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Sissom v. University of Texas High School

United States District Court, N.D. Texas, Dallas Division

June 9, 2017

RYAN SISSOM, Plaintiff,
v.
UNIVERSITY OF TEXAS HIGH SCHOOL, et al., Defendants.

          MEMORANDUM OPINION AND ORDER TRANSFERRING CASE

          DAVID L. HORAN, UNITED STATES MAGISTRATE JUDGE

         Plaintiff Ryan Sissom has filed a pro se action against the University of Texas High School, the University of Texas, and individuals associated with both institutions, alleging “deliberate, discriminatory acts against [him], that together amount to racketeering.” Dkt. No. 2 at 1 (“Sissom claims that UTHS, its staff and Supervisor, in concert with UT staff, operated a criminal enterprise against him under color of an educational institution.”); see Id. at 2 (“Since the Individual Defendants executed their acts in violation of 18 U.S.C. § 1961, this action is properly brought pursuant to [the] Racketeer Influenced and Corrupt Organizations Act (RICO).”).

         Senior United States District Judge A. Joe Fish has referred this action to the undersigned United States magistrate judge for pretrial management under 28 U.S.C. § 636(b) and a standing order of reference.

         Sissom contends that venue for this civil RICO action “is proper in this Court pursuant to 28 U.S.C. § 1391(b)(3) and RICO's venue provision, 18 U.S.C. § 1965(a) and (b).” Dkt. No. 2 at 3. Sissom is correct that, to determine proper venue here, the Court looks to the general venue provision, Section 1391, as augmented by the RICO venue provisions. See, e.g., S.D. Warren Co. v. Engelman, Civ. A. No. 87-8339, 1988 WL 97661, at *4 (E.D. Penn. Sept. 21, 1988) (“The RICO venue provisions are not exclusive, but are supplemental to those found in 28 U.S.C. § 1391.” (collecting cases)).

         Under the general provision, venue is proper in the judicial district: (1) where the defendant resides; (2) where a substantial part of the events or omissions giving rise to the claim occurred; or (3) if there is no district where the action may otherwise be brought, in any judicial district in which any defendant is subject to personal jurisdiction. See 28 U.S.C. § 1391(b); cf. Elemary v. Philipp Holzmann A.G., 533 F.Supp.2d 144, 147 (D.D.C. 2008) (“Civil RICO is a statutory tort remedy - simply one with particularly drastic remedies. To determine where transactional venue will lie in a tort action, courts typically look to where the allegedly tortious actions occurred and where the harms were felt.” (citations, internal quotation marks, and ellipses omitted)).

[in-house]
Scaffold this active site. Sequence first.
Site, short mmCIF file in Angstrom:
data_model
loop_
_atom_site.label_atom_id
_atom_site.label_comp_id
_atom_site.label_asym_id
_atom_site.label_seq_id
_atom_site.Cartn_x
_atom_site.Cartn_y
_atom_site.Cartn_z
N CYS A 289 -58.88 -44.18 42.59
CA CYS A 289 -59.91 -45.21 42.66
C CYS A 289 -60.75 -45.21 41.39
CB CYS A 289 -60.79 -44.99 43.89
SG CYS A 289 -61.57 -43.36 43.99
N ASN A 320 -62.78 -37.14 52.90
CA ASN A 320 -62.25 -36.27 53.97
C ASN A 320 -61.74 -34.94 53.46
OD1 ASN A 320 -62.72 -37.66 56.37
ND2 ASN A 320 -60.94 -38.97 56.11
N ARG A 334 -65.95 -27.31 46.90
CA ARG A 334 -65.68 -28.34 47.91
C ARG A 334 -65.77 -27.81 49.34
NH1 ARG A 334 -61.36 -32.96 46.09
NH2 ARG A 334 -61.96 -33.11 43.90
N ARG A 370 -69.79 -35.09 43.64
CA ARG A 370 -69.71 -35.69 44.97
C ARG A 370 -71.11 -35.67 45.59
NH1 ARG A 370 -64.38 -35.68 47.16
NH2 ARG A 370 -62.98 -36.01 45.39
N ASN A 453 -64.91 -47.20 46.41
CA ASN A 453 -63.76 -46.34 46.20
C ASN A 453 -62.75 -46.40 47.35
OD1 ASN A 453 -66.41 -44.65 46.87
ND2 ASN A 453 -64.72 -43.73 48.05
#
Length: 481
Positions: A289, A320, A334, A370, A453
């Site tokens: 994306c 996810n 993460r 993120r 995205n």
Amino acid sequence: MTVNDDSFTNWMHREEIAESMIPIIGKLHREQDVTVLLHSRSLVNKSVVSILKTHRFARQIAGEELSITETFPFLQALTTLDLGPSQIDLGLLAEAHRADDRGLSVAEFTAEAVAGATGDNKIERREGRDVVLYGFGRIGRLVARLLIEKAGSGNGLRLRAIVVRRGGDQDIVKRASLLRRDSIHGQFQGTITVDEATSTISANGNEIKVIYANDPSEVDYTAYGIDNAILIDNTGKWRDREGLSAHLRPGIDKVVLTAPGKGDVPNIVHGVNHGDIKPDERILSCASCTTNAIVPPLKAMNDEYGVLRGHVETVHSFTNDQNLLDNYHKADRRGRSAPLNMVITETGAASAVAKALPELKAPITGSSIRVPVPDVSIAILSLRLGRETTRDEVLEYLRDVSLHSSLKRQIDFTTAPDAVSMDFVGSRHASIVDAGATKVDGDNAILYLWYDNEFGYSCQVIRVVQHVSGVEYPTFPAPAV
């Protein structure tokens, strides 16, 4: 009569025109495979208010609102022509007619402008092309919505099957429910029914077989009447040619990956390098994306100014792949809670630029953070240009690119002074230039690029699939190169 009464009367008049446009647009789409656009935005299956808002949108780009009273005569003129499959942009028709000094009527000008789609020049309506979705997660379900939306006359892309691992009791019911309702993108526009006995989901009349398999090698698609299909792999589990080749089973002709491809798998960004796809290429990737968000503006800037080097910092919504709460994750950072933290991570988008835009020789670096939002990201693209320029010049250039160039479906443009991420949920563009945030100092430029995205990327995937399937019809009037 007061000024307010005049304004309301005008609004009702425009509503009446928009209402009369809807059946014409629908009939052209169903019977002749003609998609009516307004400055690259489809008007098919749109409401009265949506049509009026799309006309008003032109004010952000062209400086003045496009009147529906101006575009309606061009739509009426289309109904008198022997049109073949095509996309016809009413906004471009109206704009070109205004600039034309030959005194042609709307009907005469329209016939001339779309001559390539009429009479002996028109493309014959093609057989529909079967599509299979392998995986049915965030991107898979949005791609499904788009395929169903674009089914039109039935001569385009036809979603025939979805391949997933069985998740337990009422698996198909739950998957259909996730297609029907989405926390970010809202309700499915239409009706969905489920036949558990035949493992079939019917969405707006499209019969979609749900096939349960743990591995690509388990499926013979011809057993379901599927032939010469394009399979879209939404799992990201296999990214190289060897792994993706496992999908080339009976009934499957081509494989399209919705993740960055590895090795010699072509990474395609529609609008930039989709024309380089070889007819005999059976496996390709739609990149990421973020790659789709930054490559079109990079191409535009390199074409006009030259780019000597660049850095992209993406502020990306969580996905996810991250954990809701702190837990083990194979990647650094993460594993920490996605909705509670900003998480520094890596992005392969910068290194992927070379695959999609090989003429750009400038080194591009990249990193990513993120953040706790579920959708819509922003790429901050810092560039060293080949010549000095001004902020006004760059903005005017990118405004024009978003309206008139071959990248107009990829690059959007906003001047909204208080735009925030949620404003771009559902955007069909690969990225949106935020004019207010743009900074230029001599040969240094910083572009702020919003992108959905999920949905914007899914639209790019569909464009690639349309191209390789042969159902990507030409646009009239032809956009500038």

But the RICO venue provisions Sissom cites are broader. Section 1965(a) “states that a civil action against a person under RICO may be instituted in the district court of the United States for ‘any district in which the person resides, is found, has an agent, or transacts his affairs, '” but the seemingly broad “‘transacts his affairs' language of the statute has been construed to require a level of regular, substantial and continuous activity within the forum so as to establish venue.” Anchor Glass Container Corp. v. Stand Energy Corp., 711 F.Supp. 325, 329-30 (S.D.Miss. 1989) (quoting 18 U.S.C. § 1965(a); citations omitted). And Section 1965(b), “intended to enable a plaintiff to bring before a single court for trial all members of a nationwide RICO conspiracy, ” “effectively operates as a waiver of the applicable venue requirements if the ‘ends of justice' so require.” Id. at 330 (citations omitted).

         The Court may transfer a case to any proper judicial district or division “for the convenience of parties and witnesses, in the interest of justice, ” 28 U.S.C. § 1404(a); see also Hardwick v. Brinson, 523 F.2d 798, 800 n.2 (5th Cir. 1975), or may transfer a case filed in the wrong district or division “to any district or division in which it could have been brought, ” 28 U.S.C. § 1406(a). A district court may raise the issue of venue sua sponte. See Mills v. Beech Aircraft Corp., 886 F.2d 758, 761 (5th Cir. 1989); see also Empty Barge Lines II, Inc. v. DREDGE LEONARD FISHER, 441 F.Supp.2d 786, 789 (E.D. Tex. 2006) (“A transfer of venue may be made upon the motion of any party or by the court sua sponte.” (collecting cases)).

         Sissom, a resident of Bastrop County, Texas, see Dkt. No. 2 at 2, which lies within the Austin Division of the Western District of Texas, see 28 U.S.C. § 124(d)(1), has sued institutions “located in Austin, Texas, ” Dkt. No. 2 at 2, and individuals employed by those institutions based on events that occurred in Austin, see Id. (the alleged “enterprise ... result[ed] in the denial of Sissom's goal of being in the top 7% of his class and attaining scholarships and grants that go to top students in Texas schools”).

         Sections 1391(b)(1) and (2) therefore favor venue in Austin. And the broader RICO venue provisions do not require a different result based on the “ends of justice.” Cf. Crenshaw v. Antokol, 287 F.Supp.2d 37, 44 (D.D.C. 2003) (“The court concludes that venue in the District is improper under both section 1391(b) and section 1965.... The vast majority of the defendants have no ties whatsoever to the District and none of the events in dispute took place here.” (collecting cases)).

         Accordingly, this action will be transferred under the undersigned's authority granted by Rule 2(a)(3) of the Court's Miscellaneous Order No. 6 to the Austin Division of the Western District of Texas on June 26, 2017, to allow any party 14 days to file an objection to Judge Fish under Federal Rule of Civil Procedure 72(a).

         If an objection is filed, the order of transfer is stayed pending ...


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